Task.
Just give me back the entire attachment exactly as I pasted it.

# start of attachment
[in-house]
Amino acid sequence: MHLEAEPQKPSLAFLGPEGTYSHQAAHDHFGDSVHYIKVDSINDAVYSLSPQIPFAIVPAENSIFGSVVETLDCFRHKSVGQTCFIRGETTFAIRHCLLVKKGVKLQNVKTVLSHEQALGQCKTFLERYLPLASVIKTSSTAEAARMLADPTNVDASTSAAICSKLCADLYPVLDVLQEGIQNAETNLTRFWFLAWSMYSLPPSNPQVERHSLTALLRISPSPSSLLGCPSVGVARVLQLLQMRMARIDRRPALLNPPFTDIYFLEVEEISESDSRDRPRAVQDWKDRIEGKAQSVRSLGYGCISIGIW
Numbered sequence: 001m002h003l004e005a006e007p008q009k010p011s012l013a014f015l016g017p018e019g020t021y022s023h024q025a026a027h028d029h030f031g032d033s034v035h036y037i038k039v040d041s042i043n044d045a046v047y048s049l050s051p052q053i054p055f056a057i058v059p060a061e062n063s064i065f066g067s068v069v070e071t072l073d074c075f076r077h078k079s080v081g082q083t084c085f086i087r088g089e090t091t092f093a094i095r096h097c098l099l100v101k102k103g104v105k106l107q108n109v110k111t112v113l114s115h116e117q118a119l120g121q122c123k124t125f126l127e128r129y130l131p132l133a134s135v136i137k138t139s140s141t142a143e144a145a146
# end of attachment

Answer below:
[in-house]
Amino acid sequence: MHLEAEPQKPSLAFLGPEGTYSHQAAHDHFGDSVHYIKVDSINDAVYSLSPQIPFAIVPAENSIFGSVVETLDCFRHKSVGQTCFIRGETTFAIRHCLLVKKGVKLQNVKTVLSHEQALGQCKTFLERYLPLASVIKTSSTAEAARMLADPTNVDASTSAAICSKLCADLYPVLDVLQEGIQNAETNLTRFWFLAWSMYSLPPSNPQVERHSLTALLRISPSPSSLLGCPSVGVARVLQLLQMRMARIDRRPALLNPPFTDIYFLEVEEISESDSRDRPRAVQDWKDRIEGKAQSVRSLGYGCISIGIW
Numbered sequence: 001m002h003l004e005a006e007p008q009k010p011s012l013a014f015l016g017p018e019g020t021y022s023h024q025a026a027h028d029h030f031g032d033s034v035h036y037i038k039v040d041s042i043n044d045a046v047y048s049l050s051p052q053i054p055f056a057i058v059p060a061e062n063s064i065f066g067s068v069v070e071t072l073d074c075f076r077h078k079s080v081g082q083t084c085f086i087r088g089e090t091t092f093a094i095r096h097c098l099l100v101k102k103g104v105k106l107q108n109v110k111t112v113l114s115h116e117q118a119l120g121q122c123k124t125f126l127e128r129y130l131p132l133a134s135v136i137k138t139s140s141t142a143e144a145a146